Property owners must take reasonable steps to protect guests and visitors from foreseeable criminal activity under premises liability laws. When a criminal attacks someone on a commercial property, whether it’s a shooting, stabbing, sexual assault, or some other violent attack, the victim may file a premises liability claim against the property owner for failing to implement adequate security measures. Negligent or inadequate security claims are personal injury claims resulting from violent attacks due to a lack of security, and this is how someone can seek damages after they're attacked on a business property.

What Level of Security is Required on a Property?

image showing dark common area which is the definition of inadequate securityEssentially, the issue of negligent security or inadequate security arises when a person gets injured or killed because a property owner failed to exercise reasonable care to protect guests and patrons from attacks on the property, even though the property owner should have known that such criminal attacks could occur. In other words, the victim was attacked due to inadequate security on the property or the landowner's failure to implement reasonable security measures. In these cases, the issue often arises: "What is reasonable security?"

The types of security measures that would be considered "reasonable" under the circumstances will vary, based upon a number of factors, which include things like:

  • Whether prior similar crimes have occurred on the property;
  • The overall criminal history on the property;
  • The incidents of crime in the area around the property where the attack occurred;
  • The degree to which the landowner knew or should have known about crime on the property.

The lack of security measures will often be weighed against the overall dangerousness of the property. Accordingly, the more dangerous the property, the more steps a landowner should take to secure the property. This makes sense; more dangerous properties are more dangerous to guests and thus require more security measures to protect guests.

What Are Some Examples of Inadequate Security?

infographic showing the common issues in inadequate security or negligent security casesThe law gives us examples of inadequate security through past negligent security cases, and this helps us to understand the types of things that could form the basis of a negligent security claim. In other words, personal injury attorneys can look at an inadequate security lawsuit in a database and study the facts to help pinpoint the types of things that a court might consider to be negligent security. Some of the more common issues in negligent security cases are:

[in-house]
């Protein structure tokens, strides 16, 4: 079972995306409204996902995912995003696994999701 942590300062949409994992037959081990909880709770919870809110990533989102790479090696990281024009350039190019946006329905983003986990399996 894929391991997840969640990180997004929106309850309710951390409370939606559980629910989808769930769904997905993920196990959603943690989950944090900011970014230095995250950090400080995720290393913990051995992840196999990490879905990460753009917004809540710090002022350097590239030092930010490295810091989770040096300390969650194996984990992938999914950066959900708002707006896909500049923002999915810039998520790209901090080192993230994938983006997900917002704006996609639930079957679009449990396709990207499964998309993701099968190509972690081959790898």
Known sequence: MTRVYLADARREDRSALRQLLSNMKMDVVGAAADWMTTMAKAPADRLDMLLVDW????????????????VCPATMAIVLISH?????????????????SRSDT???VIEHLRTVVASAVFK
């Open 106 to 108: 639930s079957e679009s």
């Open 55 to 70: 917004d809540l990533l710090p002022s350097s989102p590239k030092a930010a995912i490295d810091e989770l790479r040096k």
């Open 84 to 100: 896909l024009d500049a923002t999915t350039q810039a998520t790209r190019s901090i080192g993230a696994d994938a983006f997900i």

• Malfunctioning gates at apartment complexes;
  • Poor lighting in parking lots or parking garages;
  • Landscaping that creates opportunities for attacks;
  • No security camera in a common area;
  • Insufficient staff or no security at a dangerous hotel or motel;
  • No security personnel patrolling the property;
  • Improperly trained security guards;
  • Too few security guards for the size of the property or the number of people on the property;
  • Lack of proper signage;
  • Lack of proper alarm systems;
  • No locks or malfunctioning locks;
  • Lack of properly secured doors or windows;
  • No process for stopping trespassers from entering the property;
  • Lack of security checkpoints at bars and nightclubs;
  • No security cameras and/or poor lighting at a gas station;
  • No security or cameras at a car wash;
  • No security at a convenience store with a history of robbery;
  • Improper visibility or blocked visibility on the property or building.
The list above is not comprehensive, and any situation where a landowner fails to provide adequate security at a business with a history of crime could be considered negligence, depending on the facts of the case. Overall, premises liability lawyers and negligent security lawyers will gather evidence to determine whether the landowner breached its duty to offer guests and patrons a premises that is safe.